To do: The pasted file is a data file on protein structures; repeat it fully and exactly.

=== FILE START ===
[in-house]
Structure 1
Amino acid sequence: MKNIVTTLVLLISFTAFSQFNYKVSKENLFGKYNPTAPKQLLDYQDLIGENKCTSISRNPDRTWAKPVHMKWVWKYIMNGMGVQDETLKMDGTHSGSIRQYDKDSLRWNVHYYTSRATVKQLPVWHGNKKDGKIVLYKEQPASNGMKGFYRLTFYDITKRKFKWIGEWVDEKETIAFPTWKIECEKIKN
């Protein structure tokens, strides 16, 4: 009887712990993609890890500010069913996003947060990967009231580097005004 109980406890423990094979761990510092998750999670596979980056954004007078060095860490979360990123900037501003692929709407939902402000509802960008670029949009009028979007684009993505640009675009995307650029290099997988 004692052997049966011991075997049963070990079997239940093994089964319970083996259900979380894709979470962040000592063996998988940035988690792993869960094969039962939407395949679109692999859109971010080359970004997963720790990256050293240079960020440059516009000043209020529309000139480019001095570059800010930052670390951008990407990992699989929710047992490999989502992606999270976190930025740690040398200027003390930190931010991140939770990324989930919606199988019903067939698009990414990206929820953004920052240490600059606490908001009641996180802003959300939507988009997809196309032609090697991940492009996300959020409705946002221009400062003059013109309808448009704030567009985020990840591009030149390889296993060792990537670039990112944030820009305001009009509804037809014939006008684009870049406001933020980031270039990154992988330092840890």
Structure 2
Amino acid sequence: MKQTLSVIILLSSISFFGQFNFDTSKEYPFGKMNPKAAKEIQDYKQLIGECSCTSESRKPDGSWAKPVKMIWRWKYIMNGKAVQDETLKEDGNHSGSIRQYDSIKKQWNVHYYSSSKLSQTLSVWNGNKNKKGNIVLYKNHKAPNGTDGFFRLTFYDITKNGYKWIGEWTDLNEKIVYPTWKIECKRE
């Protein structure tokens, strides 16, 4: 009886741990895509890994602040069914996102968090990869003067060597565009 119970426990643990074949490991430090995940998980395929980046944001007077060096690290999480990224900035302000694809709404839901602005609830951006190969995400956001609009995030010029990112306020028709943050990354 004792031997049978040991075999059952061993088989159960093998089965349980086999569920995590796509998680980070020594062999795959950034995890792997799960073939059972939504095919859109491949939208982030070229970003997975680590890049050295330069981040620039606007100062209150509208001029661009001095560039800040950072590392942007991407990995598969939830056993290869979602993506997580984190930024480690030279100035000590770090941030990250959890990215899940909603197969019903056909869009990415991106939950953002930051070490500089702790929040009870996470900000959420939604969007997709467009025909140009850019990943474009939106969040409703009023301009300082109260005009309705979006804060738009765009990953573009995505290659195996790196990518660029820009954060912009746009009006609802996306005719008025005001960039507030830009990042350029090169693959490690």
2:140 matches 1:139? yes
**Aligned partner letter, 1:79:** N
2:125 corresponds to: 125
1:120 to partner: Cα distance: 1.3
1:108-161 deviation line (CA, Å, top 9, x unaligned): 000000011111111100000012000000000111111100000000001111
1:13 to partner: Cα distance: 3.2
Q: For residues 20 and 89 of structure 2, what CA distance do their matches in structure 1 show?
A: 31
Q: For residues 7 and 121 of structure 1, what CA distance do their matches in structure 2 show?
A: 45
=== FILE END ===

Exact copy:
[in-house]
Structure 1
Amino acid sequence: MKNIVTTLVLLISFTAFSQFNYKVSKENLFGKYNPTAPKQLLDYQDLIGENKCTSISRNPDRTWAKPVHMKWVWKYIMNGMGVQDETLKMDGTHSGSIRQYDKDSLRWNVHYYTSRATVKQLPVWHGNKKDGKIVLYKEQPASNGMKGFYRLTFYDITKRKFKWIGEWVDEKETIAFPTWKIECEKIKN
């Protein structure tokens, strides 16, 4: 009887712990993609890890500010069913996003947060990967009231580097005004 109980406890423990094979761990510092998750999670596979980056954004007078060095860490979360990123900037501003692929709407939902402000509802960008670029949009009028979007684009993505640009675009995307650029290099997988 004692052997049966011991075997049963070990079997239940093994089964319970083996259900979380894709979470962040000592063996998988940035988690792993869960094969039962939407395949679109692999859109971010080359970004997963720790990256050293240079960020440059516009000043209020529309000139480019001095570059800010930052670390951008990407990992699989929710047992490999989502992606999270976190930025740690040398200027003390930190931010991140939770990324989930919606199988019903067939698009990414990206929820953004920052240490600059606490908001009641996180802003959300939507988009997809196309032609090697991940492009996300959020409705946002221009400062003059013109309808448009704030567009985020990840591009030149390889296993060792990537670039990112944030820009305001009009509804037809014939006008684009870049406001933020980031270039990154992988330092840890």
Structure 2
Amino acid sequence: MKQTLSVIILLSSISFFGQFNFDTSKEYPFGKMNPKAAKEIQDYKQLIGECSCTSESRKPDGSWAKPVKMIWRWKYIMNGKAVQDETLKEDGNHSGSIRQYDSIKKQWNVHYYSSSKLSQTLSVWNGNKNKKGNIVLYKNHKAPNGTDGFFRLTFYDITKNGYKWIGEWTDLNEKIVYPTWKIECKRE
């Protein structure tokens, strides 16, 4: 009886741990895509890994602040069914996102968090990869003067060597565009 119970426990643990074949490991430090995940998980395929980046944001007077060096690290999480990224900035302000694809709404839901602005609830951006190969995400956001609009995030010029990112306020028709943050990354 004792031997049978040991075999059952061993088989159960093998089965349980086999569920995590796509998680980070020594062999795959950034995890792997799960073939059972939504095919859109491949939208982030070229970003997975680590890049050295330069981040620039606007100062209150509208001029661009001095560039800040950072590392942007991407990995598969939830056993290869979602993506997580984190930024480690030279100035000590770090941030990250959890990215899940909603197969019903056909869009990415991106939950953002930051070490500089702790929040009870996470900000959420939604969007997709467009025909140009850019990943474009939106969040409703009023301009300082109260005009309705979006804060738009765009990953573009995505290659195996790196990518660029820009954060912009746009009006609802996306005719008025005001960039507030830009990042350029090169693959490690």
2:140 matches 1:139? yes
**Aligned partner letter, 1:79:** N
2:125 corresponds to: 125
1:120 to partner: Cα distance: 1.3
1:108-161 deviation line (CA, Å, top 9, x unaligned): 000000011111111100000012000000000111111100000000001111
1:13 to partner: Cα distance: 3.2
Q: For residues 20 and 89 of structure 2, what CA distance do their matches in structure 1 show?
A: 31
Q: For residues 7 and 121 of structure 1, what CA distance do their matches in structure 2 show?
A: 45